Paul Verhoeven’s Elle starts with an act of violence so visceral and abrupt that it’s physically sickening. There’s no way around it — this is a movie about a rape survivor.
After her first assault, Michele (Isabelle Huppert) carries on unnaturally calm: ordering sushi, taking a bath, going to work and not telling a soul about her attack until out to dinner with her friends. It’s this calmness that first tips you off that this film is going to be a different sort of examination of trauma.
There is zero sentimentality here — no emotional exploitation of how Michele might feel and zero dramatization of her shattered sense of self. What there is, is a looming sense of dread present in every interaction she has from that point forward with men. And she has plenty.
Michele is a strong, sexual woman, sure of her own desires and willing to make the first move if she knows what she wants. It’s a tension between her own desires and the desires of others that moves this movie beyond a drama about sexual assault and onto something bigger, something more complex.
The movie is ostensibly a drama, but is shot like a horror film: dark corridors and menacing depths of field are all over the place here, and the soundtrack at times sounds straight out of a slasher flick.
There are a few moments when the thriller angle can come across as a little too insensitive, even exploitative. But most of the time, Verhoeven maintains restraint and tact. Even more disconcerting than the thriller aspect is just how funny the movie is.
Huppert is a comedic force — quietly, savagely funny and bounces off the other characters in the film effortlessly. The supporting cast bring their characters to life, making for some truly inspired ensemble moments. Huppert is far and away the most powerful presence, but the supporting cast does a great job holding their own, especially Michele’s son (Jonas Bloquet) and neighbor, Patrick (Laurent Lafitte).
I’ll try not to give too much away, but there’s a certain dinner party scene that is without a doubt one of the most consistently funny scenes I’ve seen this year. The ensemble’s strengths move far beyond comedy, though. Any scene where a slew of characters occupy the same space is fantastic: tense, dynamic and softly powerful.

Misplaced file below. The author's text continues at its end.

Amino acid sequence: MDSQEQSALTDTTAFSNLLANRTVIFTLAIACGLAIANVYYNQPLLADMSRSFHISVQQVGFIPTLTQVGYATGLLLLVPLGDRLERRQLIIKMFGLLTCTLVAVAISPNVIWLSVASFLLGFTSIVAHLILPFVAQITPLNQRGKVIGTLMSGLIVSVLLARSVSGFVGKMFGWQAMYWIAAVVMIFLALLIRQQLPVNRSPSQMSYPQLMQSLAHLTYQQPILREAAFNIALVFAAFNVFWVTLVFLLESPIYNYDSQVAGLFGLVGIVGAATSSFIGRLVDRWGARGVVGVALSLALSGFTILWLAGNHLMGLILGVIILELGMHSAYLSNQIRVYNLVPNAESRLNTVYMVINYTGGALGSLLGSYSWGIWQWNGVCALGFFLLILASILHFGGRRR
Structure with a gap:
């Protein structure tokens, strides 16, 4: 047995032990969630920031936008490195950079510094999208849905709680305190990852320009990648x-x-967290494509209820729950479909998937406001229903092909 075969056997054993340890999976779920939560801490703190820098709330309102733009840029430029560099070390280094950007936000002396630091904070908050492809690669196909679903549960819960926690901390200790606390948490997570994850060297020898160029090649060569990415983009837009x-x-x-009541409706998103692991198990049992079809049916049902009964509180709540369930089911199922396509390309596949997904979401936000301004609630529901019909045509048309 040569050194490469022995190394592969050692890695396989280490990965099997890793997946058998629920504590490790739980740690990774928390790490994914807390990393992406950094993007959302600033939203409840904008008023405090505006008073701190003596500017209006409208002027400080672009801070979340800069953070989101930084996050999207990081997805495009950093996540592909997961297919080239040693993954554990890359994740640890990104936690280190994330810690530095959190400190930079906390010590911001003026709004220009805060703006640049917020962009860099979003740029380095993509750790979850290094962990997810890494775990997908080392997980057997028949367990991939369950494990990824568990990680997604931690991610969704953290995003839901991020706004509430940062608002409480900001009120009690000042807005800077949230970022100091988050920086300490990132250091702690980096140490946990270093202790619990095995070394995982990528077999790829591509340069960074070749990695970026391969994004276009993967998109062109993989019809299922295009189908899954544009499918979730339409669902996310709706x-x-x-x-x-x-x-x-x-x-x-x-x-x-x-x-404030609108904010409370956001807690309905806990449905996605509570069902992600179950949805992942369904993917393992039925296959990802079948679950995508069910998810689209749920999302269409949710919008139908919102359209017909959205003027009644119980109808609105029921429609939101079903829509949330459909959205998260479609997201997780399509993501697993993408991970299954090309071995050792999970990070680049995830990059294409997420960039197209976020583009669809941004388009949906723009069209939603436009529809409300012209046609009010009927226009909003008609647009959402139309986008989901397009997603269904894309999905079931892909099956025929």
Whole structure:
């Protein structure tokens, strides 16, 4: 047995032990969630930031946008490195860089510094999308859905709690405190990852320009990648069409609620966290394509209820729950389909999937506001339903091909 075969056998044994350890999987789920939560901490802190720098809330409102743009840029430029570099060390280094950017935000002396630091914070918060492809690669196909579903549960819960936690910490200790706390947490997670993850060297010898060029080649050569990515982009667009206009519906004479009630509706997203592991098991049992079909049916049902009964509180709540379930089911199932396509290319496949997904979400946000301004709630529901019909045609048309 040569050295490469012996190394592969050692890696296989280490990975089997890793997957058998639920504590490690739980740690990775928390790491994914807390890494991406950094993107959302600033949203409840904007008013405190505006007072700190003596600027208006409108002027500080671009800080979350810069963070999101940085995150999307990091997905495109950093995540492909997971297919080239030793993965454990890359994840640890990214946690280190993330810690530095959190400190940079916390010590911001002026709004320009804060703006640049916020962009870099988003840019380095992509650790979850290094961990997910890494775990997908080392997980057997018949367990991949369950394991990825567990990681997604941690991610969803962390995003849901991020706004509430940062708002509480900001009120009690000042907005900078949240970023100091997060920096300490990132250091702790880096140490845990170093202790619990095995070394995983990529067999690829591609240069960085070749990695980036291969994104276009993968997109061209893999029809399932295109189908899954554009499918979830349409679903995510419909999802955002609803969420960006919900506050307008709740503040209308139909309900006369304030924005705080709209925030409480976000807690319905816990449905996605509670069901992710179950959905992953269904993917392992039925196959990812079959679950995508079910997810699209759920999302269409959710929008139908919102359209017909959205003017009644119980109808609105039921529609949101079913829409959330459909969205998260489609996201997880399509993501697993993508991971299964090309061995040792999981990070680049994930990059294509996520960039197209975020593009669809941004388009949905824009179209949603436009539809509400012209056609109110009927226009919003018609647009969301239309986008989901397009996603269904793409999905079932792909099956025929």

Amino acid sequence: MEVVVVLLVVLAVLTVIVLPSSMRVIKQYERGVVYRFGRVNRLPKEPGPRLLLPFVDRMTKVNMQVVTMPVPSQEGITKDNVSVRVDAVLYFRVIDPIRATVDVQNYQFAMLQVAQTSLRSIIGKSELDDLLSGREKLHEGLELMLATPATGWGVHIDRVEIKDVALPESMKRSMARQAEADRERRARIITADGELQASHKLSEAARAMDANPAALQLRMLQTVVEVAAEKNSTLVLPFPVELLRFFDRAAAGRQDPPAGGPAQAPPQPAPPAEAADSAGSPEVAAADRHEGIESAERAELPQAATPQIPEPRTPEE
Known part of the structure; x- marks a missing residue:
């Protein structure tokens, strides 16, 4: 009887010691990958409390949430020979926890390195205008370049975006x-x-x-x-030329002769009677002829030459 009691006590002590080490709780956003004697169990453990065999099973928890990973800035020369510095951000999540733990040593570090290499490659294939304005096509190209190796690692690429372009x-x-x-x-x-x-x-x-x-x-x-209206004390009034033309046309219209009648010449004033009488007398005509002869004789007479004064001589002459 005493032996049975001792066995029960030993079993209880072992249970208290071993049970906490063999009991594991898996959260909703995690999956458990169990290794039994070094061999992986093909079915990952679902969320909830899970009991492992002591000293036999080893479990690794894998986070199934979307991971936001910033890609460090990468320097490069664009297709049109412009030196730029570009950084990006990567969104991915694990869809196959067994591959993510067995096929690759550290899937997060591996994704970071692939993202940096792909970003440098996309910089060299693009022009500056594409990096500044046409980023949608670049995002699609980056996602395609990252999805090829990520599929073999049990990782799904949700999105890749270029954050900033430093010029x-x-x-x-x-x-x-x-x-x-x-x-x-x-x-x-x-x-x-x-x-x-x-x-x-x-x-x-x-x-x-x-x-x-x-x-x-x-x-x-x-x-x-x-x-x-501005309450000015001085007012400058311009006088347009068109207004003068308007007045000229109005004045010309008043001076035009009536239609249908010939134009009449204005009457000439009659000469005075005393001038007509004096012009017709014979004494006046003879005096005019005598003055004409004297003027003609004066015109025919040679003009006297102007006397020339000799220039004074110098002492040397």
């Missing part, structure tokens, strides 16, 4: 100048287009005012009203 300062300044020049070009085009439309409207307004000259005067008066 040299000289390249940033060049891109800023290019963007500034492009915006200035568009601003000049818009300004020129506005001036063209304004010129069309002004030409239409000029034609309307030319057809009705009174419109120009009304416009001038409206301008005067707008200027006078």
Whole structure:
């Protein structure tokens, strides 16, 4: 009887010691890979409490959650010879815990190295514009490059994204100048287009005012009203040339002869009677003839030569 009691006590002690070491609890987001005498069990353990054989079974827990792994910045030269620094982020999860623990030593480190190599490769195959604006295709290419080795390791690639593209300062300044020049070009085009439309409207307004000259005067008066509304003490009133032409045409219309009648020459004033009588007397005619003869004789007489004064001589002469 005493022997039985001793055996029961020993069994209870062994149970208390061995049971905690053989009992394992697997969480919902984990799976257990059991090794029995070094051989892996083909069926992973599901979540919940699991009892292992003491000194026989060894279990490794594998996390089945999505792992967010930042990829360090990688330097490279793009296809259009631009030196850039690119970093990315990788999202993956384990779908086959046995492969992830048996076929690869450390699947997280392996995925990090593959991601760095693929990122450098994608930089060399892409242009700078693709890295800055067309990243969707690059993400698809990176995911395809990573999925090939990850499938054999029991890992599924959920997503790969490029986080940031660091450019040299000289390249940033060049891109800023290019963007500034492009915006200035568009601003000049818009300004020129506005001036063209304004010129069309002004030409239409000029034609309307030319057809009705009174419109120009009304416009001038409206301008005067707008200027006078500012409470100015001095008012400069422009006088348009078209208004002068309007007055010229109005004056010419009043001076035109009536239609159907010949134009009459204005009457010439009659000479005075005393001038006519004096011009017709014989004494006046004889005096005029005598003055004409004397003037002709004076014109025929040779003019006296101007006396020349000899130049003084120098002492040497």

It’s the power of the supporting characters and their stories that make this movie more than just a character study.
It’s easy to view this as a film about rape and the way one woman deals with that trauma, but it’s about more than that. Throughout the film, we learn a little bit of backstory concerning Michele’s childhood. When she was 10, her father, by all appearances a hard-working family man, committed a string of horrendous murders, and Michele became caught in a media frenzy after the fact.
The parts of the film where she deals with the shame that event brought to her family are especially effective. We can see the way this one traumatic event has permutations across her whole life: her mother, first introduced as a sort of comic relief, becomes a tragic figure. She tries desperately to reinvent herself, and Michele’s complicated desire to control the men in her life becomes more obviously a reaction to her childhood.
As the film goes on, it is this original trauma that begins to inform her reactions to her own assault at the beginning of the film. As characters shift and their own intentions become clear, the film moves away from its thriller/drama framework, and becomes a startling, nuanced meditation on more than just sexual assault.
There’s a line close to the end of the film, by a near-background character, that I think is a good encapsulation of everything Elle is attempting to portray: “He’s a good man, with a tortured soul,” the character says.
It is this paradox that Elle is obsessed with: the image of ourselves that we put out toward society, and our true selves, and how those two are forced to reckon with one another once expressed, often through lust and violence. It’s a fantastic movie, one that asks you to consider the characters as more than archetypes, but real people in a real world.